I've learned since writing my April 22 article on East Harbour that what happened behind the scenes is the City of Toronto meekly handed to the Ontario government the unilateral power to rezone and significantly intensify development on hundreds of acres of land surrounding dozens of transit stations being planned for the Toronto area.
The massive shift only became known to the wider public on April 12, 2021. On that day, the province announced some details for TOD at the planned East Harbour and Corktown stations on the Ontario Line.
Those are both important sites. East Harbour is slated to be a second ‘downtown’ close to highways and the lake. And the Corktown site includes the land where Canada’s first parliament buildings were erected in 1795.
The April 12 news release mentioned that there would be housing on these two sites, in addition to transit infrastructure and commercial buildings. The addition of residential development signifies that the province had changed the zoning.
When I wrote my April 22 article on East Harbour I wasn’t aware of why or how the province rezoned the land. And now that I know what happened (details below), I realize it’s more devious than I’d imagined.
The province, of course, is putting a sunny spin on this. For example Kinga Surma, the provincial deputy transportation minister, asked readers in a May 11 opinion piece in the National Post to “imagine a future where people can affordably live, work and play in one connected place.” The province has “chosen to create vibrant community projects with housing, jobs and public open spaces integrated at our transit stations,” Surma wrote.
But some people are furious. Among them is Robert Hatton, who retired last year from his position as Director of Strategic Initiatives and Intergovernmental Finance at the City of Toronto, and who lives near East Harbour.
“If I was the mayor I would be screaming from the mountaintops about provincial abuse of power, unaccountable interference in municipal planning, lack of concern for the community, and potential for corruption. Voters confer their mayor with the platform and the responsibility to get fair treatment for them from the province, and to act when our communities are at risk,” Hatton wrote in a May 11 email in response to some questions I’d asked him.
The city doesn’t have the legislative authority to stop this rezoning. Also, the Progressive Conservative government knows it can ignore, with impunity, local residents’ wishes: people in that part of Toronto haven’t elected a Conservative to represent them in the provincial government since 1964.
Other blunt instruments the province could use to get its way include a Minister’s Zoning Order. This type of order allows the province to unilaterally rezone virtually any piece of public land in the province (and this to be further broadened very soon). Another instrument is outright expropriation of land.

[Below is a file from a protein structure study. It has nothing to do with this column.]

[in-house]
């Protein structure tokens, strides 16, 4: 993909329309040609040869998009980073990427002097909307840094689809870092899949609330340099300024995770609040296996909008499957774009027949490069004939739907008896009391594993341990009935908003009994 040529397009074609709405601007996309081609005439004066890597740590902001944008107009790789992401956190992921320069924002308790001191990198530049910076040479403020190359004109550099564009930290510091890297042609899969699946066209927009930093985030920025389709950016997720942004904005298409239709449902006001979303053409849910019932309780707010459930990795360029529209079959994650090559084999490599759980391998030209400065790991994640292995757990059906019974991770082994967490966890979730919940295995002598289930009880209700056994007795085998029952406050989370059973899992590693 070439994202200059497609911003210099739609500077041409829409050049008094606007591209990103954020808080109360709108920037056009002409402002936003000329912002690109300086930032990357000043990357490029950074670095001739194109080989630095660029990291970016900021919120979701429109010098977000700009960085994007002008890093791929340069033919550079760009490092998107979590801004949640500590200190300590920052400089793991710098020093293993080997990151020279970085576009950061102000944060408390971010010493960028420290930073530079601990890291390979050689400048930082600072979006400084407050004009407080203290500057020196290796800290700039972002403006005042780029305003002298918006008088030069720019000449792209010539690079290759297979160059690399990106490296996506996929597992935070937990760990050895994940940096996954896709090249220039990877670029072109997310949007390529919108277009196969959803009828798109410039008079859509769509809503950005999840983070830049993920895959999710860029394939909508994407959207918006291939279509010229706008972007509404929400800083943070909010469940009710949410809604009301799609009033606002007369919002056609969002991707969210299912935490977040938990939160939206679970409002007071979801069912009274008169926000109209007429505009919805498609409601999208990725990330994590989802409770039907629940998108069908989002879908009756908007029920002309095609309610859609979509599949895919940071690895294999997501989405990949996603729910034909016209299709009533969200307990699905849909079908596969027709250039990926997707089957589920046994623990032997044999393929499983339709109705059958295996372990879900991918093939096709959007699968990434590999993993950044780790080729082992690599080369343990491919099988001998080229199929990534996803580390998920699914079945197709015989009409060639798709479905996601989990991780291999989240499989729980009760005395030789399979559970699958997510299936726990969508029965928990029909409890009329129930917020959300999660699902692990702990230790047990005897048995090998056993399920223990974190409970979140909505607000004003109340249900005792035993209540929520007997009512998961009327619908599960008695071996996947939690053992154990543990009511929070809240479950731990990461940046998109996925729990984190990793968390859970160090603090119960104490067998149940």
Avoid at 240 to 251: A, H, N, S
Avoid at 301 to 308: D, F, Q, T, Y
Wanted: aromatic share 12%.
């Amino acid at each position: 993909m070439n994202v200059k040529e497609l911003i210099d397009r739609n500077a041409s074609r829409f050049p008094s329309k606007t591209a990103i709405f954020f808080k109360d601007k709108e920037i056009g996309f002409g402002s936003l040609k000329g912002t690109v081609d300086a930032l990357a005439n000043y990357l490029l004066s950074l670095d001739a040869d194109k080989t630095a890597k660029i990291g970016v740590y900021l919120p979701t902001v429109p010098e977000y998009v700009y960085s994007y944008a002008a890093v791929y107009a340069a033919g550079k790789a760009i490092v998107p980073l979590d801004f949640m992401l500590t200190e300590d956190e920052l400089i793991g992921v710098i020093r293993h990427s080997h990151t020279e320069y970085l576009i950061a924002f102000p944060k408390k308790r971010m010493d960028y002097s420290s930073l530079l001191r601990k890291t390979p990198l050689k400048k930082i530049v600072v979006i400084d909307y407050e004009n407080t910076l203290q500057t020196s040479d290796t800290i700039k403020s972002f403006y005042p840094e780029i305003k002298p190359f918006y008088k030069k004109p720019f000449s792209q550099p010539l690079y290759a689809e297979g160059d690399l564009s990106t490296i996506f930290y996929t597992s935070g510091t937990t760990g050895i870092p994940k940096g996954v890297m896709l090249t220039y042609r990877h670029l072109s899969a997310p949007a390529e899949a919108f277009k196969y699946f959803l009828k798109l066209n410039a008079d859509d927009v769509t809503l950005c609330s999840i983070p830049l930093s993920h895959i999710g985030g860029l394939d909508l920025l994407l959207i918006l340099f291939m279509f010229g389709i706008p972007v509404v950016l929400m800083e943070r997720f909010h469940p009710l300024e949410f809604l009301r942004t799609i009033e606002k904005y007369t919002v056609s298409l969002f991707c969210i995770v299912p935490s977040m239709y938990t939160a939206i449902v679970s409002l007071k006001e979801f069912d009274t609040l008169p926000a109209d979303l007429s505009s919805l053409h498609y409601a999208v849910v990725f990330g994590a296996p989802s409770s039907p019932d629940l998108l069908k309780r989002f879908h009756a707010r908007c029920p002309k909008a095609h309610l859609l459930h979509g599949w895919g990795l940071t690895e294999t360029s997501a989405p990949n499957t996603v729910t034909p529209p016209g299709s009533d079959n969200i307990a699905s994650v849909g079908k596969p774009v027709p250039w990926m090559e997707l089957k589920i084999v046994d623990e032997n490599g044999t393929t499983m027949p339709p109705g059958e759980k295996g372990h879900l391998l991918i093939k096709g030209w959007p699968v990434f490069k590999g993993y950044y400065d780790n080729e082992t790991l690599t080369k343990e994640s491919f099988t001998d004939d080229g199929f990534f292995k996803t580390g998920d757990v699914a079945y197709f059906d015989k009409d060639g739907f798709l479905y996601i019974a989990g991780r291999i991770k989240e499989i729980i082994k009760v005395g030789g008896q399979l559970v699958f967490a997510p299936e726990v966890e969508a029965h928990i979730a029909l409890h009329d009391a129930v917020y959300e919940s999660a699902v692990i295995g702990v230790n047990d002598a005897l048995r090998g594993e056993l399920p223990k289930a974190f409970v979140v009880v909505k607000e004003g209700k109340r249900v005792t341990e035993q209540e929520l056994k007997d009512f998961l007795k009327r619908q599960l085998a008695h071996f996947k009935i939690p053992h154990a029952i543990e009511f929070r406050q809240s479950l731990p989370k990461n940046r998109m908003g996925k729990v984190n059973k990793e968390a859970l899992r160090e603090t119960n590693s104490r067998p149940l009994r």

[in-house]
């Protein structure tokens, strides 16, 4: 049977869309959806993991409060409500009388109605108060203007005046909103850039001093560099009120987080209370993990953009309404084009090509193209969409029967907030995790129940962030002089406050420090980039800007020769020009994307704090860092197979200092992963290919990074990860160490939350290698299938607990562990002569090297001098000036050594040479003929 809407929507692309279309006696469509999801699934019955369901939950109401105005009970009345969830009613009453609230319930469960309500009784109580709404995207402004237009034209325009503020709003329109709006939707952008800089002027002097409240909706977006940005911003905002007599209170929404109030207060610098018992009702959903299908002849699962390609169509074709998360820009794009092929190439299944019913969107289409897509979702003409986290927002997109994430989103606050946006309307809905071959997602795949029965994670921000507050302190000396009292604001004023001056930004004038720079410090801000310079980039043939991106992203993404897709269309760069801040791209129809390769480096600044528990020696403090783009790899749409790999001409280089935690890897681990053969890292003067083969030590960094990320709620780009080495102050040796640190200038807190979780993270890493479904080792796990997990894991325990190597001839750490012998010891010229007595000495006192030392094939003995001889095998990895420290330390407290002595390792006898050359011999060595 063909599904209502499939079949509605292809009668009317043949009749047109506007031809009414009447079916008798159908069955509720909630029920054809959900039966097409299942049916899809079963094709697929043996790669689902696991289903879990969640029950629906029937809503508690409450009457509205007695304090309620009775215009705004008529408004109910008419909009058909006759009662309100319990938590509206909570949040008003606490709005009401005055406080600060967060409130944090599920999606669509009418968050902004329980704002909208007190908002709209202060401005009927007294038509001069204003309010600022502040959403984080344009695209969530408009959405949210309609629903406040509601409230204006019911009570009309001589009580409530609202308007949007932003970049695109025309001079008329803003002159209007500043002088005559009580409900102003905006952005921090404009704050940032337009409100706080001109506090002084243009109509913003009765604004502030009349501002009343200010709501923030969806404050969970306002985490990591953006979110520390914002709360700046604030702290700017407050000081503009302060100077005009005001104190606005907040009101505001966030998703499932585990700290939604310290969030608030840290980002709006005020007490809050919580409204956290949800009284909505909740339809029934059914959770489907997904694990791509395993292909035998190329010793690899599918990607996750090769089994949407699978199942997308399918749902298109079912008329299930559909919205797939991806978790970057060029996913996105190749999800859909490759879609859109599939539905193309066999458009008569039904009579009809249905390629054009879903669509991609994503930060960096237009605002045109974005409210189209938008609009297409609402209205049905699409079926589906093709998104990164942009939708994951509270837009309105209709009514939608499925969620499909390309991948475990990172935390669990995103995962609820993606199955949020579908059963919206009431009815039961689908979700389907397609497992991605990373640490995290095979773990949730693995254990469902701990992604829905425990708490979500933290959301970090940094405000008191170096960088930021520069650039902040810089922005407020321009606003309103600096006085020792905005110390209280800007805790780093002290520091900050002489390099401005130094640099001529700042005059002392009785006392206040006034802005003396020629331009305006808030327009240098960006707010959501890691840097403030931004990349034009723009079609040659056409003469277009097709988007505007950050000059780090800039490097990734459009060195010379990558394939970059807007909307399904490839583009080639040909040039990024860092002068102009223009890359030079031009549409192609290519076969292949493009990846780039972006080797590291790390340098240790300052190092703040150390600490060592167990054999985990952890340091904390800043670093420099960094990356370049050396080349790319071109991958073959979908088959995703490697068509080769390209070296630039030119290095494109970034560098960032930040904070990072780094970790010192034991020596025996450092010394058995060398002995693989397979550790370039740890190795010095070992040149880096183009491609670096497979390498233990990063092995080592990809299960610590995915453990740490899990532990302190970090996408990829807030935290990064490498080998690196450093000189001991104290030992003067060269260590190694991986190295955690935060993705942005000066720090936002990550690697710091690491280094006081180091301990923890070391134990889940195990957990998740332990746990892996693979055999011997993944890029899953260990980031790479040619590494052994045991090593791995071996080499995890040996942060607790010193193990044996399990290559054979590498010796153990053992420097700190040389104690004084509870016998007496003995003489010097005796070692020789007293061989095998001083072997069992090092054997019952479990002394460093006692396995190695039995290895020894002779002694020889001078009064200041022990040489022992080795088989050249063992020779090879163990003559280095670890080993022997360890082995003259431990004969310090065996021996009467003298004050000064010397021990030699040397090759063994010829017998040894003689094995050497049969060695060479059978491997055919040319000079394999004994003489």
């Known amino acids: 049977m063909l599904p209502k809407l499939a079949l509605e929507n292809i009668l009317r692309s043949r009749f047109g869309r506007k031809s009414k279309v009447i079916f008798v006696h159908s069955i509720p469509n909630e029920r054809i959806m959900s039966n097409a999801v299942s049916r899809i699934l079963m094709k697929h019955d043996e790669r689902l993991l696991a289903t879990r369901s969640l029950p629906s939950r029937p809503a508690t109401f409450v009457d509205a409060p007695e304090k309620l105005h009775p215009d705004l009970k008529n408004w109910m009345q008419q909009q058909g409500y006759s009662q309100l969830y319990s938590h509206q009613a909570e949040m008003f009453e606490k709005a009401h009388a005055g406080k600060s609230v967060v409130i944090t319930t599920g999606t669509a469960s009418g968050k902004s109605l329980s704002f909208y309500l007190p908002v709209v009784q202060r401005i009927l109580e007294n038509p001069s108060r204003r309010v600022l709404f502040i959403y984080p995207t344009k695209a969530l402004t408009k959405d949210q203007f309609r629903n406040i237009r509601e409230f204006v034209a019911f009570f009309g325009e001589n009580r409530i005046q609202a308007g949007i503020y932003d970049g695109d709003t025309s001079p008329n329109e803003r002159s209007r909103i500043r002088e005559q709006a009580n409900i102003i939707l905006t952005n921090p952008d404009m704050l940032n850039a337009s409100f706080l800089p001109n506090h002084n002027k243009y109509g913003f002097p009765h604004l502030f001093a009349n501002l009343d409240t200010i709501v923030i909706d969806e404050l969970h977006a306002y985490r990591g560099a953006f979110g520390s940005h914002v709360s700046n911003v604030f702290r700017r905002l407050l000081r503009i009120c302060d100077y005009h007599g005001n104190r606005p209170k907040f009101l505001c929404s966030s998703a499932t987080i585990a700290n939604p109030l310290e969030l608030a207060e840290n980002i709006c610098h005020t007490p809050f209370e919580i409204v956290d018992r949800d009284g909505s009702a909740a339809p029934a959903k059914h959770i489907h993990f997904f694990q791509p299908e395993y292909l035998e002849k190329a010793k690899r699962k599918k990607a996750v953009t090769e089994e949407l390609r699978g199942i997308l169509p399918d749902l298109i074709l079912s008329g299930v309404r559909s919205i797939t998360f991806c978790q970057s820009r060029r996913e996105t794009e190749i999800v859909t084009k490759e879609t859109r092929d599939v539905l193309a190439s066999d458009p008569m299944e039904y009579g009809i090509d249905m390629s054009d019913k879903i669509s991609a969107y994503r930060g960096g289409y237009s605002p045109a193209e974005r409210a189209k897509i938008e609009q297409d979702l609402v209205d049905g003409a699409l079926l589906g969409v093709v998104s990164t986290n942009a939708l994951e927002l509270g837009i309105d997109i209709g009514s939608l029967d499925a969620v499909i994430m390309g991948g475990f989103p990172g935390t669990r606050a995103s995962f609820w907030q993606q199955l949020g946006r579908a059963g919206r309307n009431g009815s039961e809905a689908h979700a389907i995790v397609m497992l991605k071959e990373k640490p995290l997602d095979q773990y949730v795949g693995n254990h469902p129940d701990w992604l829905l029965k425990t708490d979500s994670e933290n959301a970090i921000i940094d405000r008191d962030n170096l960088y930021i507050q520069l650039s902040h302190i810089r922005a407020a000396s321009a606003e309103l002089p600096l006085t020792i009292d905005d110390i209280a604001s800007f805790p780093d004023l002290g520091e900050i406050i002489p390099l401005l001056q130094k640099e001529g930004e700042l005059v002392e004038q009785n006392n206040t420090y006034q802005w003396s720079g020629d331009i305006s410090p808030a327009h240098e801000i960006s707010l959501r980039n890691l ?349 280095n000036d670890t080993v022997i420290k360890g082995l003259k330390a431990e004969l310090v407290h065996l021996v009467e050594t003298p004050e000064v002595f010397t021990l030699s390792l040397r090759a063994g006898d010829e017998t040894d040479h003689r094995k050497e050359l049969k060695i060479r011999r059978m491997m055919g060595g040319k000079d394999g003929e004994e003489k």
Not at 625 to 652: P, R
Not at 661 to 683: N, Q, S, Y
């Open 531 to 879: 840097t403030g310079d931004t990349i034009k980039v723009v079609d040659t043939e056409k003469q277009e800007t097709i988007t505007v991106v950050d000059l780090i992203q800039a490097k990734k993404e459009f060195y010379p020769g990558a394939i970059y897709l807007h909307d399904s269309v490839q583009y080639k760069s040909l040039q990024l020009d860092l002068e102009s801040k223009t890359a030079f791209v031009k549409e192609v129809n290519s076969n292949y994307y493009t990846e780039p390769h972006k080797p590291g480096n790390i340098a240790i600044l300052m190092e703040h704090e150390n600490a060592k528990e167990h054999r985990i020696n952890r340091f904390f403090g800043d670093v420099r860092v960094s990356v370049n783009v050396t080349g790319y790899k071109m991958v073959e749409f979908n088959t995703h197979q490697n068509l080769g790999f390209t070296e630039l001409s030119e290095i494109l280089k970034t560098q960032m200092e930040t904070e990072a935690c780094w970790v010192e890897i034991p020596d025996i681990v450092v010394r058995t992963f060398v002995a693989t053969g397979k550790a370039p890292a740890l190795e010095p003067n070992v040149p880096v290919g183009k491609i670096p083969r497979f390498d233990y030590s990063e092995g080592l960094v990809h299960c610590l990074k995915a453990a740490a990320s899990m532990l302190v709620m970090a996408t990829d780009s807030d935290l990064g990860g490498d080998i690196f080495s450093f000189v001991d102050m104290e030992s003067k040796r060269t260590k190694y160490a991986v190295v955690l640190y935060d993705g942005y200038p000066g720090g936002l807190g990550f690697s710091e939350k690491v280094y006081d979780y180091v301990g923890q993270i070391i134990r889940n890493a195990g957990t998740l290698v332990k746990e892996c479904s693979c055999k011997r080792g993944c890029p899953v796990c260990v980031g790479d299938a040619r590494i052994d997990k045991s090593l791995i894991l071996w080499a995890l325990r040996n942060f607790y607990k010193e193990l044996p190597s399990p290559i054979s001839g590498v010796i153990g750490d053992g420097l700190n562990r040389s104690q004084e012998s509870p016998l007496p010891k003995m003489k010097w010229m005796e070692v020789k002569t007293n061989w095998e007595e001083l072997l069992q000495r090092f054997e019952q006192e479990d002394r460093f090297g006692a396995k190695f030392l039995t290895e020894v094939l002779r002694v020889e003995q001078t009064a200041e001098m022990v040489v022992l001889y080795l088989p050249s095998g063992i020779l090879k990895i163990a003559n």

But that doesn’t excuse the enabling of the coup by the mayor, leading bureaucrats and city council.
They didn’t even try to negotiate for anything substantive to compensate for this shocking power grab. For example, there’s no indication they urged the province to put underground sections of the Ontario Line that traverse densely populated areas in the east end.
What happened is that in October 2019 the mayor’s Executive Committee gave the thumbs-up to a city-staff recommendation that city staff go ahead and sign deals giving the province control over what happens on land surrounding all TOD sites. Later that month, the full city council concurred. It was stick-handled so skilfully that council wasn’t given the opportunity to vote on whether to accept or reject this radical change.
Council then voted in January 2020 to let city staff execute the MOU that formalized this coup.
(In February 2021 Toronto city council gave the thumbs-up to a staff request for each TOD to be negotiated separately. This was laid out in a term sheet for the SmartTrack stations.)
Council members acted as if they didn’t know this was happening. For example, at the January 2020 council meeting, they passed a motion asking the province to respect the city’s authority over planning approvals on TOD sites, and also to make affordable housing a priority on those sites. Much later, at the April 2021 council meeting, several council members expressed shock (‘I am shocked, shocked’) at the province’s April 12 announcement of the rezoning of East Harbour and Corktown and by extension its power to do so on all TOD sites.
Most recently, TOD at East Harbour and Corktown stations was discussed at the April 29, 2021, Executive Committee meeting. Hatton and several others spoke against it at the meeting. But the Executive Committee gave it the thumbs-up anyway. And it was also green-lighted at the May 6, 2021, city council meeting, with only one councillor, John Filion, verbally pushing back with any intensity at what was happening.
Hatton isn’t optimistic about where this can lead.
“The way TOD has been put into practice is about cooking up deals in a back room with the city expressly prohibited from participating. That isn’t transparency. That’s a recipe for heavily favouring developers, bad deals for the city and its communities and, ultimately, corruption,” he told me in a May 10 telephone interview.